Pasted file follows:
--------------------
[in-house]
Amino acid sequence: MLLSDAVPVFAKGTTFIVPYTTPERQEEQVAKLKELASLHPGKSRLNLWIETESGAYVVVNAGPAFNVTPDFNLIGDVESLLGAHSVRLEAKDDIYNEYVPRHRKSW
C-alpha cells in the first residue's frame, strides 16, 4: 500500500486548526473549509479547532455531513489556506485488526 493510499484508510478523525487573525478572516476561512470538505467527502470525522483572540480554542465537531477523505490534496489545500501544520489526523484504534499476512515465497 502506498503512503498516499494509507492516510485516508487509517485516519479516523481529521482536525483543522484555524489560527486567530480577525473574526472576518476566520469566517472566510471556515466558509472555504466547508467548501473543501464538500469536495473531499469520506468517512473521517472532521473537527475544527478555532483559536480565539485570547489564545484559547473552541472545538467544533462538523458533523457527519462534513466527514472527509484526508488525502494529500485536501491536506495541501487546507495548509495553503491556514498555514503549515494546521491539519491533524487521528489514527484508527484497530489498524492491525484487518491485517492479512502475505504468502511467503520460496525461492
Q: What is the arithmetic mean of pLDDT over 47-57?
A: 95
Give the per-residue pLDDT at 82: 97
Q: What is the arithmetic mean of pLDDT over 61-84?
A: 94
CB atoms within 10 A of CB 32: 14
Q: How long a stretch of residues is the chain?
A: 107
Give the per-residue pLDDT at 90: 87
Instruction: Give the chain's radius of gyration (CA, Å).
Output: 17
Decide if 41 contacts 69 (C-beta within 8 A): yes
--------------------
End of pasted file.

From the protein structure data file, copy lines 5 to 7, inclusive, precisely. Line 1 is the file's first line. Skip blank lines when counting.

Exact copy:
A: 95
Give the per-residue pLDDT at 82: 97
Q: What is the arithmetic mean of pLDDT over 61-84?